Remember eating canned “Bean with Bacon” soup as a kid? My mom (and sometimes my dad) made great homemade bean soup but the canned soup was always just that little bit better. Our homemade soup was usually made with ham and often the ham bone as well. It was the bacon, or maybe just the idea of bacon, that made the canned soup so good.
I hope I haven’t been misleading. This soup is made with a smoky ham. My P.S. (Pork Supplier/hubby) recently bought a ham and I’m always excited about using the bone once I trim off the ham chunks. I put the bone in a big soup pot with water and let it bubble away for hours to get that delicious ham broth. Later, after I’d washed down my sweating walls (I should learn to use a lid on my soup pot!) I let the bone cool then picked off the meaty bits and saved those as well.
This time I was craving a bean soup and my mind kept roaming to my favorite Campbell’s soup. Well maybe not my absolute favorite, but up there with the top 5. This ham was very smoky and way more like bacon than ham, if you can imagine that. Bean with bacon soup was going to be happening, with ham standing in for the bacon. Different degrees of piggy goodness, so to speak.
I made a ham and bean soup almost exactly a year ago, during one of our blizzards. This year, amazingly, we’ve had only one blizzard and it’s been above 32 degrees often. We’ve had more rain than snow in January, which is very, very unusual. I’ve made winter soups this year but they’re not quite as satisfying to make without the blizzard factor! Weather report finished, on to the soup!
There are dozens of copycat recipes online for the classic canned bean with bacon soup. The recipes vary so much that it makes me wonder at people’s palates. There’s a big difference between adding a couple of bay leaves and adding a teaspoon of thyme to a pot of soup. And why in the world would I want to add liquid smoke to the soup when using smoked bacon or ham is so much better? It was time to create my own recipe using bits and pieces of them all. I did post a link to the recipe I followed mostly closely under the recipe below.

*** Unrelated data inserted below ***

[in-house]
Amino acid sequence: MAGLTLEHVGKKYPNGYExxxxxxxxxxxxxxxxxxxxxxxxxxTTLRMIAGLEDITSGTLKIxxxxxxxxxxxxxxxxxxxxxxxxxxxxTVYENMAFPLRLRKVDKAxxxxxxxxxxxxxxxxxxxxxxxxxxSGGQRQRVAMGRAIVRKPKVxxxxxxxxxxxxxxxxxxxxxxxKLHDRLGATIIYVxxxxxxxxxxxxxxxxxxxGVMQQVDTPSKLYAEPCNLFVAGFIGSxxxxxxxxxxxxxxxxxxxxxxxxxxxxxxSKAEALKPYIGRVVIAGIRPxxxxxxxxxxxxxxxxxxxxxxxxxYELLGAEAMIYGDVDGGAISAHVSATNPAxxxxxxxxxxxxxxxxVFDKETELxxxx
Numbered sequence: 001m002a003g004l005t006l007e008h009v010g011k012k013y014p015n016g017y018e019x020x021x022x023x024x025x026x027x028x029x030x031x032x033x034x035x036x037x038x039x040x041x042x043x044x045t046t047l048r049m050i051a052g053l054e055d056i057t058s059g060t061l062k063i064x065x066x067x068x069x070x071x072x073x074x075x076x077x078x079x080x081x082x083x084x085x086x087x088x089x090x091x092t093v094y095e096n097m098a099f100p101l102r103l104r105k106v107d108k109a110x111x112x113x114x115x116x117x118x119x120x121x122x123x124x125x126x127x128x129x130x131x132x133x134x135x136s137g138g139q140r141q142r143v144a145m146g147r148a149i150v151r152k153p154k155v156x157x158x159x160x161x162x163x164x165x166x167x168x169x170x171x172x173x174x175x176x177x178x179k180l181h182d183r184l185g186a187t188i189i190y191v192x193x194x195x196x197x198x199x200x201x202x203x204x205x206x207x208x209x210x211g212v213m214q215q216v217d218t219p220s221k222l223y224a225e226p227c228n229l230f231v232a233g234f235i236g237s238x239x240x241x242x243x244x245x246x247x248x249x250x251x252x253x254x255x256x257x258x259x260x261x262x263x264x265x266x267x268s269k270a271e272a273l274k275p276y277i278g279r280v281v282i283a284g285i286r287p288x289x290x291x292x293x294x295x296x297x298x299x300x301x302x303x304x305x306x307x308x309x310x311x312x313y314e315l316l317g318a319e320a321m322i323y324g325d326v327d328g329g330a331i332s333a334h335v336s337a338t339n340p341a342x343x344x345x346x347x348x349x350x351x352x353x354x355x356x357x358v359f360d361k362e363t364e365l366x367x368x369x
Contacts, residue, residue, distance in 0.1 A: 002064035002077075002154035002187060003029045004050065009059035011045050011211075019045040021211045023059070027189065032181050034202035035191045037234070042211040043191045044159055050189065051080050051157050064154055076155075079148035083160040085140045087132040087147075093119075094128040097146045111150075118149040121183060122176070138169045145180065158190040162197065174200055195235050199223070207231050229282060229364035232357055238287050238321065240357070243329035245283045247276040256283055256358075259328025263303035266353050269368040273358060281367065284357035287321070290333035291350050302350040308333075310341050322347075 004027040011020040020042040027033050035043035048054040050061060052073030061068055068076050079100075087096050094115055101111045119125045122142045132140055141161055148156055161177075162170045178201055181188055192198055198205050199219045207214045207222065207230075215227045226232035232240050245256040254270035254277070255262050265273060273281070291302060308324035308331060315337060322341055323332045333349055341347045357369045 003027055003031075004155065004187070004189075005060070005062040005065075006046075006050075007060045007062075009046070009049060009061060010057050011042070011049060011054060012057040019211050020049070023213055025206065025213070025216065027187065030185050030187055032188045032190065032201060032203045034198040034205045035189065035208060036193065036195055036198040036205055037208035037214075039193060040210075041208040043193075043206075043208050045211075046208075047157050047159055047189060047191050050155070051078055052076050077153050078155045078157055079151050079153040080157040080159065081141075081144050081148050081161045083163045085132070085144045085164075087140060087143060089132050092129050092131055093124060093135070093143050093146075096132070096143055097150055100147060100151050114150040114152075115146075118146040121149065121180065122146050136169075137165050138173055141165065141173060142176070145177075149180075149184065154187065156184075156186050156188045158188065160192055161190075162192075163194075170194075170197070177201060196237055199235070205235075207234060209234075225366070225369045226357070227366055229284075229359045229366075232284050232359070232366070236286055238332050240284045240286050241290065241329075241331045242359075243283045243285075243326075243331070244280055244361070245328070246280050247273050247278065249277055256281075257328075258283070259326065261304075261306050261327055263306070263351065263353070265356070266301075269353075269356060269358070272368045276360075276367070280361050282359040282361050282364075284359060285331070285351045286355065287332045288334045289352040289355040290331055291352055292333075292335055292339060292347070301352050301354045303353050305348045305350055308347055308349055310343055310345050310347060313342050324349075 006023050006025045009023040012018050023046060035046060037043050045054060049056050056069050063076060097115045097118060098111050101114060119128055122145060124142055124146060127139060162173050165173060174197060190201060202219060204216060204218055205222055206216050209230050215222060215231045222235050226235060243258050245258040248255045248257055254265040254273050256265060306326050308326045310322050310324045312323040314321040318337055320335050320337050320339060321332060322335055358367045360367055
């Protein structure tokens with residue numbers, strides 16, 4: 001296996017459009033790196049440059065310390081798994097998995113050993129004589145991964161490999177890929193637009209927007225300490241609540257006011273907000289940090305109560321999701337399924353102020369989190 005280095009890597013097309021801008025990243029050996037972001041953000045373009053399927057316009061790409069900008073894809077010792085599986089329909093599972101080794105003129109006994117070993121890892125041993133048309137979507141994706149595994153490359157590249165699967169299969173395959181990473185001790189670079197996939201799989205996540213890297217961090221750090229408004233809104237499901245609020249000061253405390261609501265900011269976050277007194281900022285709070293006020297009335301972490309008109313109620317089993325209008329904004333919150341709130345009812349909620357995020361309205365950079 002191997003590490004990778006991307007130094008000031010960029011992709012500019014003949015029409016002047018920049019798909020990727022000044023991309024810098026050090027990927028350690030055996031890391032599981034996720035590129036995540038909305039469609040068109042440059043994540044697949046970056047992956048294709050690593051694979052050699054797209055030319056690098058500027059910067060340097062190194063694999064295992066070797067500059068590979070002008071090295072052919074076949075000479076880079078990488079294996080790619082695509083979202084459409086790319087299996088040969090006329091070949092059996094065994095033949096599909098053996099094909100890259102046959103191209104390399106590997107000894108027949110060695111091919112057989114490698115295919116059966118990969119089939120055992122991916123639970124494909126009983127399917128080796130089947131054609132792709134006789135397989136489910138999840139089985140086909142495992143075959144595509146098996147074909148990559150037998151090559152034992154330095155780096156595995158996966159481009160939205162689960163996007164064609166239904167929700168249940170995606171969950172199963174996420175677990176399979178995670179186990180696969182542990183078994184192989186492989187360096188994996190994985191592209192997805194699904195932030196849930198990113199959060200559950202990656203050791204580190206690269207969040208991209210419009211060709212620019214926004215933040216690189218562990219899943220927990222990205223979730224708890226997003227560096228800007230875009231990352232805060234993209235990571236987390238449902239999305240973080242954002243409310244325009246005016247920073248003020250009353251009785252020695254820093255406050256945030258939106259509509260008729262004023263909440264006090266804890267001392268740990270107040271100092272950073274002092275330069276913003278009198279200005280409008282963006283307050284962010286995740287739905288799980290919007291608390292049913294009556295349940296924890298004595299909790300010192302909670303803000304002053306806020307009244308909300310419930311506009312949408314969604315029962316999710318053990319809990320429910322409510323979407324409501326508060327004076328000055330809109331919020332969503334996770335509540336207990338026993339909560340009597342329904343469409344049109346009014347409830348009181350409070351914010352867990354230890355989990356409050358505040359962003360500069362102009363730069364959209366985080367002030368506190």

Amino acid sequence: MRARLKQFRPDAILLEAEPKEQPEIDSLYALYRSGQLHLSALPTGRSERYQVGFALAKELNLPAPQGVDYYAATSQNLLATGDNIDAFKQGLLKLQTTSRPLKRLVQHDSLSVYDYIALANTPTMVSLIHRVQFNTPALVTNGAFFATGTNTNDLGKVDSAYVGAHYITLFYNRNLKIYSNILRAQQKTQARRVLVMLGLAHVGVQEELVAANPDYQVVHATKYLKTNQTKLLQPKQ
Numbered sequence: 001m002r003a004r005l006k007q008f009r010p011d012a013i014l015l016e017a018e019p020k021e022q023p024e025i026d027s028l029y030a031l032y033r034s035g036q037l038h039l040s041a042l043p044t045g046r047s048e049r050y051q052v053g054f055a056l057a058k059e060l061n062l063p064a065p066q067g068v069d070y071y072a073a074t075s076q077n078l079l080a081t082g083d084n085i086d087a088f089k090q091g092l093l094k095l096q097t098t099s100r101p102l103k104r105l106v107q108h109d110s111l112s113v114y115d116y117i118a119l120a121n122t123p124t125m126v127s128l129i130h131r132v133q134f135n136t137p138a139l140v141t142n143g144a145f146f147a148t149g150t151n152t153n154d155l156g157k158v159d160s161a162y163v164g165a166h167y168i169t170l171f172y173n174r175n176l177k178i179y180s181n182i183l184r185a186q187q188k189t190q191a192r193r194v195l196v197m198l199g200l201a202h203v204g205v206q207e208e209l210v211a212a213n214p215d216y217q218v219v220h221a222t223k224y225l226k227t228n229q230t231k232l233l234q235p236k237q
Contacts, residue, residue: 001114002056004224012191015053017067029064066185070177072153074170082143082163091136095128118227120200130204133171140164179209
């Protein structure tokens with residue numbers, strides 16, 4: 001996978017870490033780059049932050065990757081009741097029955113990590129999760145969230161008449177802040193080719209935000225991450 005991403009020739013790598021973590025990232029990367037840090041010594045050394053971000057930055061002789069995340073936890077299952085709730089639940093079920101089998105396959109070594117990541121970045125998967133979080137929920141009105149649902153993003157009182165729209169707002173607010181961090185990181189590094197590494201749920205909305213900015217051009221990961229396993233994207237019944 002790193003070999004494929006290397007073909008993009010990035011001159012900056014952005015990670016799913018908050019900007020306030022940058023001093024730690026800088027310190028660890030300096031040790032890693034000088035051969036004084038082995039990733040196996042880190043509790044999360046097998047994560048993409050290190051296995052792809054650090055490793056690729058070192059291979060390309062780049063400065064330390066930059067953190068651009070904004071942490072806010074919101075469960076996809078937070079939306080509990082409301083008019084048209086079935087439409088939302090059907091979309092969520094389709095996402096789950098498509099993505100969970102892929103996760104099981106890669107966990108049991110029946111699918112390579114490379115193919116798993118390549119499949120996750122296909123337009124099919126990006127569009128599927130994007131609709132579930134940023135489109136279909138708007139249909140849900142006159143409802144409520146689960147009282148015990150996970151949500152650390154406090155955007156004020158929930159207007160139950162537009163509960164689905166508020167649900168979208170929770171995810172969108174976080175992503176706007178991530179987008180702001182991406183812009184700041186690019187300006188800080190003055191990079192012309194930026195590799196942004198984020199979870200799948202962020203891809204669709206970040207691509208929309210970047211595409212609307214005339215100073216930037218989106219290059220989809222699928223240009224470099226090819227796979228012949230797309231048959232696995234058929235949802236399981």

I mentioned previously that when I cut the ham off the bone to store in the fridge, I’d made ham broth out of the bone. All of those bits that are nearly impossible to cut off cook up nicely and are easy to pick off with your fingers when cooled. I ended up with about 2 quarts of broth and about a cup of ham bits.
Next I followed the directions to soak my dry navy beans overnight, as I wanted to make the soup mostly from scratch. The next day I drained the beans, rinsed them with cold water one more time and set them aside until I was ready for them. My German grandfather once told me to rinse the beans after soaking to further remove any “gassy” effects later from the beans. I think that’s just an old wives, or maybe an old grandfather’s tale. Gas is still inevitable, at least in our family! Tacky sidebar over, let’s return to cooking!
The flavor of carrots, celery and onions is necessary for a good soup base, and I chopped them in small chunks. The celery is going to take the longest to cook but we’ll take care of that later.